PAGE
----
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I have a class that has roughly this structure:

function MyClass() {
    // constructur stuff

MyClass.prototype.myFunc = function () {
    // example function

MyClass.myStaticFunc = function () {
    // example static function

I spent some time now setting up the closure compiler annotations and finally got rid of all warnings. And what do you know, it reduces the size by a spectacular 100%. So then I read about exporting functions, but window['MyClass'] = MyClass will only export the constructor. To be honest, I'd rather not export every single method individually. I thought the compiler would export and not obfuscate all publicly available methods but those with a @private annotation.

What's the best way to teach the closure compiler to do that and not have to export every method individually?

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2 Answers 2

Using ADVANCED_OPTIMIZATIONS you must export EVERY public method and property. If you do not want the public methods and properties renamed, then use SIMPLE_OPTIMIZATIONS.

See my Which Compilation Level is Right for Me post for more details.

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But the advanced options do much more than that, which is why I want to use them. Anyhow, using the export annotation worked like a charme (see my own answer). –  Ingo Bürk Apr 15 '13 at 17:48
Advanced Optimizations does dead-code removal on the global space. That's the only other major difference. –  Chad Killingsworth Apr 15 '13 at 18:40
up vote 1 down vote accepted

I believe I found the answer: I can annotate methods with @export and run the compiler with --generate_exports. But maybe someone has an even better way.

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@expose is your "better" way. –  Chad Killingsworth Apr 15 '13 at 18:40
Could you explain why it is better than @export? @expose will prevent any optimization, which is definitely bad. And as the docs say: "@expose should never be used in library code" –  Ingo Bürk Apr 16 '13 at 6:33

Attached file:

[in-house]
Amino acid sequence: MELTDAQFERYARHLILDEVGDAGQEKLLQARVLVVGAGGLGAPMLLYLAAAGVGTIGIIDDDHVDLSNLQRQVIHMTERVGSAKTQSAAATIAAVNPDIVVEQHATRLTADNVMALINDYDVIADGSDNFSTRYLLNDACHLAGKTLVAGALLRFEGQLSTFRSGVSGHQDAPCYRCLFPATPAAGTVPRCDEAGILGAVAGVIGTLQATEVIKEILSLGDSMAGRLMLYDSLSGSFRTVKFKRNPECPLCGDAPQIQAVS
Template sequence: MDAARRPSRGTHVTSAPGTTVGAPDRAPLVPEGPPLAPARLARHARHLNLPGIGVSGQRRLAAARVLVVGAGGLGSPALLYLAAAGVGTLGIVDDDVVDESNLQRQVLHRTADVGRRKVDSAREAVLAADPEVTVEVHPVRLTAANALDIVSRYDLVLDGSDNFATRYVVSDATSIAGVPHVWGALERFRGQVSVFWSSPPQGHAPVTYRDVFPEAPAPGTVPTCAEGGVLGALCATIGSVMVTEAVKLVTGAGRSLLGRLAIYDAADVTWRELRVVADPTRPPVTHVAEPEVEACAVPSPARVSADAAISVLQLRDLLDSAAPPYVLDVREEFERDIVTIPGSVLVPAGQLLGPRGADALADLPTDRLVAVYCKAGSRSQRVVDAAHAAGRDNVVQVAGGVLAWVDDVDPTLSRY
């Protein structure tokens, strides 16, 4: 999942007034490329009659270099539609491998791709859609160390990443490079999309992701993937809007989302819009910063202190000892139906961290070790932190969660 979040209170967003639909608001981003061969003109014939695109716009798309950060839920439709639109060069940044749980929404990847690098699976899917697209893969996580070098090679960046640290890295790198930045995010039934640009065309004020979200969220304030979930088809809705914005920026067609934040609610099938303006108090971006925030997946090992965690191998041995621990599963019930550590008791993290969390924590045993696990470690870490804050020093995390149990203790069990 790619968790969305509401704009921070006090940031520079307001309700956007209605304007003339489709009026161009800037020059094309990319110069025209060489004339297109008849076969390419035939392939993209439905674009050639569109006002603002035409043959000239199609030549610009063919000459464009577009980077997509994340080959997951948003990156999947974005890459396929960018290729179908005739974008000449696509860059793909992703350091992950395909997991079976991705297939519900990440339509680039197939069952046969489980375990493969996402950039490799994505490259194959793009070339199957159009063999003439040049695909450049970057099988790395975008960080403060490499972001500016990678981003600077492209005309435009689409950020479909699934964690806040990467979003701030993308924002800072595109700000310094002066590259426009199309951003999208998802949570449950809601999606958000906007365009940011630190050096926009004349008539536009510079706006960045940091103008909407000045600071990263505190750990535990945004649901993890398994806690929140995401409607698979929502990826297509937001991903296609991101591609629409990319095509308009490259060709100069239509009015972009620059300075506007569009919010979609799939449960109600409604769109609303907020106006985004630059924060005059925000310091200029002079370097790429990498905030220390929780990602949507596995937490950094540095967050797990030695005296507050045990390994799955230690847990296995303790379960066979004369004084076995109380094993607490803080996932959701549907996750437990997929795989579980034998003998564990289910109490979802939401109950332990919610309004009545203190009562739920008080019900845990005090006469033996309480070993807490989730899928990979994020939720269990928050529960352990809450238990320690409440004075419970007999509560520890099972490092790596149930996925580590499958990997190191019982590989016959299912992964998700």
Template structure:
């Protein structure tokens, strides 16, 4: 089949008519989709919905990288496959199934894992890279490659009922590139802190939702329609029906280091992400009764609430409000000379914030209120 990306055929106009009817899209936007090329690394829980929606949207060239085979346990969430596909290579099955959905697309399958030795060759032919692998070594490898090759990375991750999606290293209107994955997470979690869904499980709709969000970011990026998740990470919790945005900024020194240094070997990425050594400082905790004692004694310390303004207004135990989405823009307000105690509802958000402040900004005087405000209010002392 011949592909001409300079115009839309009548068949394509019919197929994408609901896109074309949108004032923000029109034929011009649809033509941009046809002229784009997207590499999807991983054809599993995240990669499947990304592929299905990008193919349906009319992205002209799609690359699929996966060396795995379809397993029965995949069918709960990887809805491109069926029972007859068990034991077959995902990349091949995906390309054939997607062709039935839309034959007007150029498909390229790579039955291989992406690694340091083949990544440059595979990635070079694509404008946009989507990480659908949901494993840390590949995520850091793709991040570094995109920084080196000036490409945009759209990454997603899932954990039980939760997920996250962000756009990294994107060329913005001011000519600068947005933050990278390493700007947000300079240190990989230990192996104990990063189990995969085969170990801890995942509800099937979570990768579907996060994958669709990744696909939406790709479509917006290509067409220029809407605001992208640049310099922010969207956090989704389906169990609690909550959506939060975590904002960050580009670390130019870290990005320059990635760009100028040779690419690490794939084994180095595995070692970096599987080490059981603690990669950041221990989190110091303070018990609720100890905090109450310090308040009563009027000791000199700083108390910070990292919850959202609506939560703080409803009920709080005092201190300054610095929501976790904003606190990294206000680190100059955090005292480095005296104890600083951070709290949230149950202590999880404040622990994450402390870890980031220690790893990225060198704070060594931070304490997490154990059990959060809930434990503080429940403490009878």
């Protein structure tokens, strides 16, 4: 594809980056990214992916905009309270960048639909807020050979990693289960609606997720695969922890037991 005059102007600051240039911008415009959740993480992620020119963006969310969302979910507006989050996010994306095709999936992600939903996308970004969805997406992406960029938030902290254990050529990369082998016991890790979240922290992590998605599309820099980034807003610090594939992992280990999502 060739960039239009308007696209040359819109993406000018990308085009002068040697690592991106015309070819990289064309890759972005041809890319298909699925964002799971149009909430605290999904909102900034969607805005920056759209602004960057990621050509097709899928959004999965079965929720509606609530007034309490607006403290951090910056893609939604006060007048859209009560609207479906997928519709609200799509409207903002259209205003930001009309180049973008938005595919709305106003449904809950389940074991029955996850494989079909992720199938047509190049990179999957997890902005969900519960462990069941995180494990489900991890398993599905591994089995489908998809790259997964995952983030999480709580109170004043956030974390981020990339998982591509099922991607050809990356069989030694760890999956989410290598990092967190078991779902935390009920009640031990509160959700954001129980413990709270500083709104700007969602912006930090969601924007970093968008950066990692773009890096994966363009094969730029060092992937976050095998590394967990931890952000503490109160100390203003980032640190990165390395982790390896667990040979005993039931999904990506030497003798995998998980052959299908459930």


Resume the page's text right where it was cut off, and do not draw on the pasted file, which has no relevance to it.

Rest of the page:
That statement is there because @expose prevents renaming and dead code elimination. It is "better" than @export because it doesn't require a special flag at compilation time. Of course if you are writing a library for others to consume, then you should be using neither in the main code. Exports should be at the end of the code or better in a separate file because they block renaming and dead code elimination. –  Chad Killingsworth Apr 16 '13 at 13:25
Why does @export block renaming? I can't see that happening in my output, it seems to work just fine. As for dead code elimination, I can't tell right now, because I don't have dead code (yet). The way I understand it, @exports should be equivalent to "manually" exporting methods, which, by the way, I'm trying to avoid, as I don't like the idea of having exports somewhere else in the code (error-prone); annotations I see right where I write my method. –  Ingo Bürk Apr 16 '13 at 14:05
@export both renames the property and preserves an reference to the original name - producing code similar to foo.a=1;foo['prop']=foo.a;. @export produces foo.prop=1. If you have lots of internal references to foo.prop, then @export will produce smaller gzip results. If foo.prop is mainly for external consumption, then @expose will produce smaller results. This is why I put better in quotes - it depends on usage. –  Chad Killingsworth Apr 16 '13 at 15:17

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